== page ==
Field demonstration of coupling ion-exchange resin with electrochemical oxidation for enhanced treatment of per- and polyfluoroalkyl substances (PFAS) in groundwater

Schematic of the pilot-scale IXR-EO treatment train and sampling locations.
Elsevier, Chemical Engineering Journal Advances, Volume 9, 15 March 2022
Liang S., Mora R., Huang Q., Casson R., Wang Y., Woodard S. et al.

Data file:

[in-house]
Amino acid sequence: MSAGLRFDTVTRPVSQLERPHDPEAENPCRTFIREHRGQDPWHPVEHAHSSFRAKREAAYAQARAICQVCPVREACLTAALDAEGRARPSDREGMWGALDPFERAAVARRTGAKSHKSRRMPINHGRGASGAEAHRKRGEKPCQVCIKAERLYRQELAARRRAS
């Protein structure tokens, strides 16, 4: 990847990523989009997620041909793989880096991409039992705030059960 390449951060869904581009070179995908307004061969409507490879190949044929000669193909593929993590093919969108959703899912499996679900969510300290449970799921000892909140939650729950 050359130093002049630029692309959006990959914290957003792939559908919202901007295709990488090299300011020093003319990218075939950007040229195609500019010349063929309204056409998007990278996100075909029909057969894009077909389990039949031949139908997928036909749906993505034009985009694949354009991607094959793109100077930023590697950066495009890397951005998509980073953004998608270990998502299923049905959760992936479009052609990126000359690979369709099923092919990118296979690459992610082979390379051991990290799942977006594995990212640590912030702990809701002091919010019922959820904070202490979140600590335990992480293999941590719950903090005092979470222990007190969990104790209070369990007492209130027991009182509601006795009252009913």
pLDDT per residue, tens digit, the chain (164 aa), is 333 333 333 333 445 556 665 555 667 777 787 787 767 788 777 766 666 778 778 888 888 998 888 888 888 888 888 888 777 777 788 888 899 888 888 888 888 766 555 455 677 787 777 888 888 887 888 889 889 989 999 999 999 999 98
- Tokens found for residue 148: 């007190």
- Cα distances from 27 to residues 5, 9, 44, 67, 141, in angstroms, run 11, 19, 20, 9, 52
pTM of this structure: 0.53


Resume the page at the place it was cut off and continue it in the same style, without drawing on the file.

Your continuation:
This pilot-scale field demonstration evaluated the remediation of poly- and perfluoroalkyl substances (PFAS) from groundwater contaminated with aqueous film-forming foam (AFFF) from a coupled regenerable ion exchange resin (IXR) and electrochemical oxidation (EO) treatment train. A pilot-scale IXR system was used that incorporates a novel resin regeneration process, and recovers and reuses the majority of the regenerant solution using distillation. The pilot system removed PFAS from ∼1,000,000 L (approximately 260,000 gallons) of contaminated groundwater from a fire training area, and treated effluent from the IXR system was non-detect for PFOA and PFOS. The concentrated waste stream (i.e., still bottom) from IXR was treated on-site by an EO system with Ti4O7 electrodes, achieving 80–98% destruction of PFOA and PFOS. The surface area normalized first-order rate constants (kSA) were 3.96 × 10−7 m s−1 and 7.92 × 10−7 m s−1 for PFOA and PFOS, respectively, with short-chain perfluoroalkyl acids (PFAAs) identified as intermediate degradation products. Based on the fluoride recovered and PFAS mass loss measured at the end of EO treatment, fluoride release ratios were 130% for still bottom sample 1 (SB1) and 215% for still bottom sample 2 (SB2), indicating mineralization of unquantified fluorinated compounds in the waste stream. Overall, the electric energy consumed per order of magnitude reduction in concentration (EE/O) for treating PFOA and PFOS in groundwater by the IXR-EO treatment train was 0.131–0.161 kWh/m3 for PFOA and 0.071–0.094 kWh/m3 for PFOS, which was orders of magnitude lower than the reported EE/O values for stand-alone electrochemical treatment. The results of this field demonstration show the promise of coupling regenerable IXR with EO for cost-effective removal, concentrating, and destroying PFAS from groundwater.